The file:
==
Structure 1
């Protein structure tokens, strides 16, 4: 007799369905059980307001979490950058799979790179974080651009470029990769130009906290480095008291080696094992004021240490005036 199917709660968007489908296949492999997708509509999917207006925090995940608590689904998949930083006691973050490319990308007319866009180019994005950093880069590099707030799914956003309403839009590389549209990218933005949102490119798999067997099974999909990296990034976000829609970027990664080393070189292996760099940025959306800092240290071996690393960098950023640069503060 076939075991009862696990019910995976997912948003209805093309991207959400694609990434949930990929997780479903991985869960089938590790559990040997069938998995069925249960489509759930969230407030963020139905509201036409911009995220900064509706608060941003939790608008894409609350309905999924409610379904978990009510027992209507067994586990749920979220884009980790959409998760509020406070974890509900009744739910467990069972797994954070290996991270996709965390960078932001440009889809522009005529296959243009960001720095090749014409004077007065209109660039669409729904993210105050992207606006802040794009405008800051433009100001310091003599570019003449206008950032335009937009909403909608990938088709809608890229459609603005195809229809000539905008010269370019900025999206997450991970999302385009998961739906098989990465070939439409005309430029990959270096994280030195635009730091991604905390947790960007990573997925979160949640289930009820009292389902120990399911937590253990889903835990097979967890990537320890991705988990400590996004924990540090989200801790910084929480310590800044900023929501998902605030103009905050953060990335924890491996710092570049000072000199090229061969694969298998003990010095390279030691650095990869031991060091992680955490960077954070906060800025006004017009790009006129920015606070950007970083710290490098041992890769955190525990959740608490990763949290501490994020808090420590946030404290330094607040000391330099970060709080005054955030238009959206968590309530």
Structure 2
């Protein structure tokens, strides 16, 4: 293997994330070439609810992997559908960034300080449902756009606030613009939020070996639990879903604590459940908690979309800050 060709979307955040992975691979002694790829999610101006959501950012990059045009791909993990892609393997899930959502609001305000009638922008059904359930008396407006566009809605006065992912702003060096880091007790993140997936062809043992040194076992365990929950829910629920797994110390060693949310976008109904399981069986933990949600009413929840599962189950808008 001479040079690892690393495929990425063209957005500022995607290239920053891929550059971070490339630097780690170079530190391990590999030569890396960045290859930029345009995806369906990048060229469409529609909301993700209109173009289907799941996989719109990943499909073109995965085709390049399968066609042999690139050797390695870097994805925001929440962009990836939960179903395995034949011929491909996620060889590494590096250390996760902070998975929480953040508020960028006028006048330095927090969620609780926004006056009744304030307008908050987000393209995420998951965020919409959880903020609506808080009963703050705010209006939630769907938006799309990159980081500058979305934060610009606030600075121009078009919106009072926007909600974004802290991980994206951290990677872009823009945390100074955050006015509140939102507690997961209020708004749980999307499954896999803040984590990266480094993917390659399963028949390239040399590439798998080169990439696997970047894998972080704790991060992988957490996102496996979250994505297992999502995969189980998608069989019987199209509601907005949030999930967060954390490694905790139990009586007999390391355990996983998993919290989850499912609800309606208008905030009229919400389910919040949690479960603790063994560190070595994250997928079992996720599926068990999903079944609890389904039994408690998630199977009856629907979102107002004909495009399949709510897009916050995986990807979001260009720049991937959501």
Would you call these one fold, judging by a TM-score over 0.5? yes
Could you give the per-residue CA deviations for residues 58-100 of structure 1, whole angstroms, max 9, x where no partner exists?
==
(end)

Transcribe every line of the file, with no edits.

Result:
Structure 1
């Protein structure tokens, strides 16, 4: 007799369905059980307001979490950058799979790179974080651009470029990769130009906290480095008291080696094992004021240490005036 199917709660968007489908296949492999997708509509999917207006925090995940608590689904998949930083006691973050490319990308007319866009180019994005950093880069590099707030799914956003309403839009590389549209990218933005949102490119798999067997099974999909990296990034976000829609970027990664080393070189292996760099940025959306800092240290071996690393960098950023640069503060 076939075991009862696990019910995976997912948003209805093309991207959400694609990434949930990929997780479903991985869960089938590790559990040997069938998995069925249960489509759930969230407030963020139905509201036409911009995220900064509706608060941003939790608008894409609350309905999924409610379904978990009510027992209507067994586990749920979220884009980790959409998760509020406070974890509900009744739910467990069972797994954070290996991270996709965390960078932001440009889809522009005529296959243009960001720095090749014409004077007065209109660039669409729904993210105050992207606006802040794009405008800051433009100001310091003599570019003449206008950032335009937009909403909608990938088709809608890229459609603005195809229809000539905008010269370019900025999206997450991970999302385009998961739906098989990465070939439409005309430029990959270096994280030195635009730091991604905390947790960007990573997925979160949640289930009820009292389902120990399911937590253990889903835990097979967890990537320890991705988990400590996004924990540090989200801790910084929480310590800044900023929501998902605030103009905050953060990335924890491996710092570049000072000199090229061969694969298998003990010095390279030691650095990869031991060091992680955490960077954070906060800025006004017009790009006129920015606070950007970083710290490098041992890769955190525990959740608490990763949290501490994020808090420590946030404290330094607040000391330099970060709080005054955030238009959206968590309530």
Structure 2
């Protein structure tokens, strides 16, 4: 293997994330070439609810992997559908960034300080449902756009606030613009939020070996639990879903604590459940908690979309800050 060709979307955040992975691979002694790829999610101006959501950012990059045009791909993990892609393997899930959502609001305000009638922008059904359930008396407006566009809605006065992912702003060096880091007790993140997936062809043992040194076992365990929950829910629920797994110390060693949310976008109904399981069986933990949600009413929840599962189950808008 001479040079690892690393495929990425063209957005500022995607290239920053891929550059971070490339630097780690170079530190391990590999030569890396960045290859930029345009995806369906990048060229469409529609909301993700209109173009289907799941996989719109990943499909073109995965085709390049399968066609042999690139050797390695870097994805925001929440962009990836939960179903395995034949011929491909996620060889590494590096250390996760902070998975929480953040508020960028006028006048330095927090969620609780926004006056009744304030307008908050987000393209995420998951965020919409959880903020609506808080009963703050705010209006939630769907938006799309990159980081500058979305934060610009606030600075121009078009919106009072926007909600974004802290991980994206951290990677872009823009945390100074955050006015509140939102507690997961209020708004749980999307499954896999803040984590990266480094993917390659399963028949390239040399590439798998080169990439696997970047894998972080704790991060992988957490996102496996979250994505297992999502995969189980998608069989019987199209509601907005949030999930967060954390490694905790139990009586007999390391355990996983998993919290989850499912609800309606208008905030009229919400389910919040949690479960603790063994560190070595994250997928079992996720599926068990999903079944609890389904039994408690998630199977009856629907979102107002004909495009399949709510897009916050995986990807979001260009720049991937959501």
Would you call these one fold, judging by a TM-score over 0.5? yes
Could you give the per-residue CA deviations for residues 58-100 of structure 1, whole angstroms, max 9, x where no partner exists?